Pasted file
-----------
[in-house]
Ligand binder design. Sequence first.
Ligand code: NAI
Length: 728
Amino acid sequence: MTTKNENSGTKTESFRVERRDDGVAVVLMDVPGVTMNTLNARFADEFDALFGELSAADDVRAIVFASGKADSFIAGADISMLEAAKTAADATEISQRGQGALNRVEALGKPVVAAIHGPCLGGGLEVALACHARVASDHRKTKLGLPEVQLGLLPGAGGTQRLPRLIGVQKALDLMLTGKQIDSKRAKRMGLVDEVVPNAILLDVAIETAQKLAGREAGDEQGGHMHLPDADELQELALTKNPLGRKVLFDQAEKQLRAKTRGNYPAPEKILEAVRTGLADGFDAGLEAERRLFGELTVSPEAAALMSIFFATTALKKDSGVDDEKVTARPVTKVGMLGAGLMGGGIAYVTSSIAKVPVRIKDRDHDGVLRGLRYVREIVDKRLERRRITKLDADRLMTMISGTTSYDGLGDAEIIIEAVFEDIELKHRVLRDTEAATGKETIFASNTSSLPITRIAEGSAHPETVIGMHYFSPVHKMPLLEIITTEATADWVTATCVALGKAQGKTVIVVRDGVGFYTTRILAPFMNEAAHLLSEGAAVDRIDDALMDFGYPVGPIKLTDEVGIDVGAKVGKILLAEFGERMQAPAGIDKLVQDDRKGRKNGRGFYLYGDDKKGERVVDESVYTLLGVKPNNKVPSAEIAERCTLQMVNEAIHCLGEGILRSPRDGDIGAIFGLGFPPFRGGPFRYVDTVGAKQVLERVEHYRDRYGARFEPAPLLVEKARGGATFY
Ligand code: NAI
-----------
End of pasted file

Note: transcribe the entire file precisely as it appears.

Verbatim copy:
[in-house]
Ligand binder design. Sequence first.
Ligand code: NAI
Length: 728
Amino acid sequence: MTTKNENSGTKTESFRVERRDDGVAVVLMDVPGVTMNTLNARFADEFDALFGELSAADDVRAIVFASGKADSFIAGADISMLEAAKTAADATEISQRGQGALNRVEALGKPVVAAIHGPCLGGGLEVALACHARVASDHRKTKLGLPEVQLGLLPGAGGTQRLPRLIGVQKALDLMLTGKQIDSKRAKRMGLVDEVVPNAILLDVAIETAQKLAGREAGDEQGGHMHLPDADELQELALTKNPLGRKVLFDQAEKQLRAKTRGNYPAPEKILEAVRTGLADGFDAGLEAERRLFGELTVSPEAAALMSIFFATTALKKDSGVDDEKVTARPVTKVGMLGAGLMGGGIAYVTSSIAKVPVRIKDRDHDGVLRGLRYVREIVDKRLERRRITKLDADRLMTMISGTTSYDGLGDAEIIIEAVFEDIELKHRVLRDTEAATGKETIFASNTSSLPITRIAEGSAHPETVIGMHYFSPVHKMPLLEIITTEATADWVTATCVALGKAQGKTVIVVRDGVGFYTTRILAPFMNEAAHLLSEGAAVDRIDDALMDFGYPVGPIKLTDEVGIDVGAKVGKILLAEFGERMQAPAGIDKLVQDDRKGRKNGRGFYLYGDDKKGERVVDESVYTLLGVKPNNKVPSAEIAERCTLQMVNEAIHCLGEGILRSPRDGDIGAIFGLGFPPFRGGPFRYVDTVGAKQVLERVEHYRDRYGARFEPAPLLVEKARGGATFY
Ligand code: NAI